This is a wonderful hint for plotting, so this week I’ve been thinking about those manhole moments. Do you have any? Where you’d set up a certain expectation for your readers and then you do something else? Please share an excerpt in the comments.

My excerpt is from The Lost Treasure of Lorne, a made-to-order story I’m writing as a party prize. The curse comes to fruition at midnight. Or does it?

The three of them met in Michael’s private sitting room to wait for midnight, and in ones and twos the ghosts seeped through the walls to join them.

“Do you suppose the servants are mistaken about the date?” John asked as the clock chimed eleven times.

“Or about the consequence,” Michael suggested. “The ghosts will stay in the castle, and not all be forfeit to the devil.”

“If the curse is true and the date is true…” Caitlin said, as the ghosts crowded around her nodding, “then we have less than an hour to find the answer.” The ghosts seemed to lose interest, wandering off again to their corners.

“I can’t think of anywhere we have not looked,” Michael grieved. “Fiona.” He stood in front of the ghost of his young wife, so that she had to look up at him. “Fiona, I want to help. Can’t you tell us how to find the treasure? And the casket with the marriage lines? Please, Fiona.”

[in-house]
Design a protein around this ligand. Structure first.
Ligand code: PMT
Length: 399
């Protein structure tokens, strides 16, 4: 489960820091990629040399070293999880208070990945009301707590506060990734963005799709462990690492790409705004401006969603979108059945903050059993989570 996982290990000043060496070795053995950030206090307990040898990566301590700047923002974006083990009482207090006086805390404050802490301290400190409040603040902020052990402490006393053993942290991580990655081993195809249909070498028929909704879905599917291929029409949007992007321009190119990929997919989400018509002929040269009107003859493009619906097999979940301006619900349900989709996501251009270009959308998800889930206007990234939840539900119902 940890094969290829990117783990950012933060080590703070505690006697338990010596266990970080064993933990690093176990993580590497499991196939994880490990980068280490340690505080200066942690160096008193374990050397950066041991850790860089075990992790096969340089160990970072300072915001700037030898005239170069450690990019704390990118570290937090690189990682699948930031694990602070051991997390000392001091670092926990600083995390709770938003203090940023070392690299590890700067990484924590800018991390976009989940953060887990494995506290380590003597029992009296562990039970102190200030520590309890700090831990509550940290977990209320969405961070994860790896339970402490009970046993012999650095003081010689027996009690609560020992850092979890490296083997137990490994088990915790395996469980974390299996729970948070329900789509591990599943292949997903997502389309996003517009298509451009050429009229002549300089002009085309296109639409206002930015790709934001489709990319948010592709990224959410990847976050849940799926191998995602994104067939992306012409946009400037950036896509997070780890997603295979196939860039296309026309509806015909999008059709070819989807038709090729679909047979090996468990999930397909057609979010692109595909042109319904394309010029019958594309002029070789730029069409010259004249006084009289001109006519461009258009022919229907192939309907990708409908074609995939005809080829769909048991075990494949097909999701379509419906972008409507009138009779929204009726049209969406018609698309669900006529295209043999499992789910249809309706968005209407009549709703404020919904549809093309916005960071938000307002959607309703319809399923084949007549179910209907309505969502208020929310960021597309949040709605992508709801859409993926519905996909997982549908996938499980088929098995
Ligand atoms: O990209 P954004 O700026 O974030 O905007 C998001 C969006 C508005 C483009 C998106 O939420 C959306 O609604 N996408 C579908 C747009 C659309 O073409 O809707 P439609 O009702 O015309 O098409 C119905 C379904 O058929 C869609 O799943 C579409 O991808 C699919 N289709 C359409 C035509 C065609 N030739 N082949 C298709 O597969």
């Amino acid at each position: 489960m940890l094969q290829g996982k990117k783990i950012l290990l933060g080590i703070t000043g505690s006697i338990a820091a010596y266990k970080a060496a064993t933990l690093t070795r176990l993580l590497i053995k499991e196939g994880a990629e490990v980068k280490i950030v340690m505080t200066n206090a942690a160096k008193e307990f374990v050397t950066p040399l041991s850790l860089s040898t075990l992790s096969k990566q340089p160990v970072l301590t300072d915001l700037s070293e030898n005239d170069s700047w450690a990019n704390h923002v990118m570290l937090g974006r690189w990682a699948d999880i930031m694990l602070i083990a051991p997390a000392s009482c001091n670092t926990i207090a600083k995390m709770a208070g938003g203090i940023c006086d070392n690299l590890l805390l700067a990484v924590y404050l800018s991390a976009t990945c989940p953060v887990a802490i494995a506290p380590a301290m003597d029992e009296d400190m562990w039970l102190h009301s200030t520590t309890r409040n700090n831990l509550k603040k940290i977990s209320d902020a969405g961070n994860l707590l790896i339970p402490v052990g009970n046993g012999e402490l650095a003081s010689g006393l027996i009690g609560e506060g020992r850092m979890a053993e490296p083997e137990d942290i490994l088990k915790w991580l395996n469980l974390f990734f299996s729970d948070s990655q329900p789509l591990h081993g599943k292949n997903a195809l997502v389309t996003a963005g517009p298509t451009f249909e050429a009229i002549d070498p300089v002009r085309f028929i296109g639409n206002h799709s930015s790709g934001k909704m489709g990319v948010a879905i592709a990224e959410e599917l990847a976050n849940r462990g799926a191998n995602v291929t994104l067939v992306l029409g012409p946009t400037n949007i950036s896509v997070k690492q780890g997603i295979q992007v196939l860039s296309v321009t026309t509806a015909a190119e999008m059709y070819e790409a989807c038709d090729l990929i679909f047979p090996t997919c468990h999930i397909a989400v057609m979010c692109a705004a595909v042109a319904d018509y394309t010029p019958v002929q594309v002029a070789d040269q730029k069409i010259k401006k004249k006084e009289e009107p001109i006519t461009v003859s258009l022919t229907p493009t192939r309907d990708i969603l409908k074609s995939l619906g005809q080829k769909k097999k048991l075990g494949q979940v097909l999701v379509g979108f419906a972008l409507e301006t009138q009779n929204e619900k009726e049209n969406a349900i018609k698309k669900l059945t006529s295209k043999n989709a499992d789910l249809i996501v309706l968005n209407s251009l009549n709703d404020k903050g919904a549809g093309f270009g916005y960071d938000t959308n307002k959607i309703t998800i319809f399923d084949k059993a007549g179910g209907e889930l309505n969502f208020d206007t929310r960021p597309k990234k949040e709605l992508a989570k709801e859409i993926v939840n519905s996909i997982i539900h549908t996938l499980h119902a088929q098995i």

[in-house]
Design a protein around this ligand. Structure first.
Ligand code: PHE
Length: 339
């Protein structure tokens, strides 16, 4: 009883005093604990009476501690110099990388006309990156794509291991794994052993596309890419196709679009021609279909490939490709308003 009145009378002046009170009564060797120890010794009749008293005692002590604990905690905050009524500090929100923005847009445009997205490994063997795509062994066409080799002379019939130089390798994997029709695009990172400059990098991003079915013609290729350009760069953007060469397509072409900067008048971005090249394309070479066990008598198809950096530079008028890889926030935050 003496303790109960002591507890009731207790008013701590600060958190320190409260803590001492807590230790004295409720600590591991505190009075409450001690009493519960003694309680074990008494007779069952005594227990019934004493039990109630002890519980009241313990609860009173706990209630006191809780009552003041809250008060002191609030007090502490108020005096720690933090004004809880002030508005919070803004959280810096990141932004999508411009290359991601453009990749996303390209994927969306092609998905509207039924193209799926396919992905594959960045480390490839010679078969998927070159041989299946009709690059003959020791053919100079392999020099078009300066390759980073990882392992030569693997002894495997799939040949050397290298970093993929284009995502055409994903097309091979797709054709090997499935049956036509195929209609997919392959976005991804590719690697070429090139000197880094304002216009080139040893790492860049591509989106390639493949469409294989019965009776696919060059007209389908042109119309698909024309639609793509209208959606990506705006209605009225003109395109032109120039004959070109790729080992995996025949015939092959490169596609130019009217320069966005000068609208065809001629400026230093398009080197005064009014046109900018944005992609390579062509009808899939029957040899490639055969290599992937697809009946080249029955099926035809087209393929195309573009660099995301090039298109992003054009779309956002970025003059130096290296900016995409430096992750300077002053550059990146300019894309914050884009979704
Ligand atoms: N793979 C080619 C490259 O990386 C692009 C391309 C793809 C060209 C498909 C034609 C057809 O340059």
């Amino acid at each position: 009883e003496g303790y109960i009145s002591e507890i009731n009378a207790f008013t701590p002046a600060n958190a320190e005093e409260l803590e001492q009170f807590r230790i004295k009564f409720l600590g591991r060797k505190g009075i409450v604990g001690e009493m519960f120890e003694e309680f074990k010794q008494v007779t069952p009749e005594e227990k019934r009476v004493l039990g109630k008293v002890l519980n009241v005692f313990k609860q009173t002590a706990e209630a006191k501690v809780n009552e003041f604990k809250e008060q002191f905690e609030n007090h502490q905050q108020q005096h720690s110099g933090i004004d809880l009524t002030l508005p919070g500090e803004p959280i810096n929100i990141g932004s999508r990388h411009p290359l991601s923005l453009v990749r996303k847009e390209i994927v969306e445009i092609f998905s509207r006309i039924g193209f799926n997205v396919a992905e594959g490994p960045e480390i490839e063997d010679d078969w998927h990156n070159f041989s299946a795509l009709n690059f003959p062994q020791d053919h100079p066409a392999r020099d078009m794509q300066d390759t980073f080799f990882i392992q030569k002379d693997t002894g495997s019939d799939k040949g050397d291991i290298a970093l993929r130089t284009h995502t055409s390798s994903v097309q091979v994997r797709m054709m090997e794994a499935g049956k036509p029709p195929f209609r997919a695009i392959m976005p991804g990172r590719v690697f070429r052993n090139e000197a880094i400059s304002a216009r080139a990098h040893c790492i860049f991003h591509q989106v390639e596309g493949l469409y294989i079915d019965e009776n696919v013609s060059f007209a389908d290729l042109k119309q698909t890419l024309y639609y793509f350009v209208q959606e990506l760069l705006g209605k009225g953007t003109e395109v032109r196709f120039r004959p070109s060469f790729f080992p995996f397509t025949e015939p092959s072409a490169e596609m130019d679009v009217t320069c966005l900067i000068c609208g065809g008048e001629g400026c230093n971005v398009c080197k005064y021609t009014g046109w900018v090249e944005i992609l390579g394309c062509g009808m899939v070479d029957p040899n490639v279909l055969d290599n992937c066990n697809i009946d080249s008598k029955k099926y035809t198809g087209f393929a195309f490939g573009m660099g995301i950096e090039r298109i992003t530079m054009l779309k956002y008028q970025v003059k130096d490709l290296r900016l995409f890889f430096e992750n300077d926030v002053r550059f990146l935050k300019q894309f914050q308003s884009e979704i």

But Fiona slid her eyes away from him and circled around him to join the others in the corner.

They watched the hands of the clock shift with glacial speed towards midnight, and still the ghosts remained, even after 31 August became 1 September. Caitlin had no idea what she expected. Anything from a silent disappearance to Satan himself arriving in clouds of fire and sweeping her relatives into the maw of hell. For nothing to happen at all was almost a let down, relieved though she was.

“Is the clock slow, perhaps?” John suggested, and they waited another interminable half hour.

“We might as well go to bed,” Caitlin said at last. “Either the legend is wrong or the date is.”

“The date!” Michael stopped short, halfway across the room to the door. “It isn’t 31 August.”

“No,” John agreed. “It is after midnight.”

“That’s not what I mean. The Calendar Act. The Calendar Act, Caitlin.”

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Tea with Minerva Avery

The Duchess of Haverford’s manner to her guest was, perhaps, a little warmer than usual. While she would never embarrass Lady Avery nor dishonour her husband by apologising for the duke’s behaviour, she was very aware that the Haverfords were indebted to the lady.